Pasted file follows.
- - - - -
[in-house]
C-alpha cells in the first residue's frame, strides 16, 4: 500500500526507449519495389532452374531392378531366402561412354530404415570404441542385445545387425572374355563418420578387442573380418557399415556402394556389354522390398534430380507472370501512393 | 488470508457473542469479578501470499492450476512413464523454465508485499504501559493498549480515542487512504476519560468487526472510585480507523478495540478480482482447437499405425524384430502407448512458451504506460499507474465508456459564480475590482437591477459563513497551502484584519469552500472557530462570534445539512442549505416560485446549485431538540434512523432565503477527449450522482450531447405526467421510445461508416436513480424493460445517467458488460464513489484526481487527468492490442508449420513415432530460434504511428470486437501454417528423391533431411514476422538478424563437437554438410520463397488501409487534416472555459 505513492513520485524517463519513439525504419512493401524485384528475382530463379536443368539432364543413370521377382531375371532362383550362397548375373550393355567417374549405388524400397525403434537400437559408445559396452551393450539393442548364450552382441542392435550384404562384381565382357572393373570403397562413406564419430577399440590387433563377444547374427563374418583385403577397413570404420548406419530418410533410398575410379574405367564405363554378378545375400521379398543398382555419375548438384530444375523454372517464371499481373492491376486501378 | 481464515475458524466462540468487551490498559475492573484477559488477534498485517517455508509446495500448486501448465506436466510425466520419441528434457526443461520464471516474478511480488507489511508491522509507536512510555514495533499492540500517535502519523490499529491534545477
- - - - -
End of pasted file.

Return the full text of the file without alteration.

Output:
[in-house]
C-alpha cells in the first residue's frame, strides 16, 4: 500500500526507449519495389532452374531392378531366402561412354530404415570404441542385445545387425572374355563418420578387442573380418557399415556402394556389354522390398534430380507472370501512393 | 488470508457473542469479578501470499492450476512413464523454465508485499504501559493498549480515542487512504476519560468487526472510585480507523478495540478480482482447437499405425524384430502407448512458451504506460499507474465508456459564480475590482437591477459563513497551502484584519469552500472557530462570534445539512442549505416560485446549485431538540434512523432565503477527449450522482450531447405526467421510445461508416436513480424493460445517467458488460464513489484526481487527468492490442508449420513415432530460434504511428470486437501454417528423391533431411514476422538478424563437437554438410520463397488501409487534416472555459 505513492513520485524517463519513439525504419512493401524485384528475382530463379536443368539432364543413370521377382531375371532362383550362397548375373550393355567417374549405388524400397525403434537400437559408445559396452551393450539393442548364450552382441542392435550384404562384381565382357572393373570403397562413406564419430577399440590387433563377444547374427563374418583385403577397413570404420548406419530418410533410398575410379574405367564405363554378378545375400521379398543398382555419375548438384530444375523454372517464371499481373492491376486501378 | 481464515475458524466462540468487551490498559475492573484477559488477534498485517517455508509446495500448486501448465506436466510425466520419441528434457526443461520464471516474478511480488507489511508491522509507536512510555514495533499492540500517535502519523490499529491534545477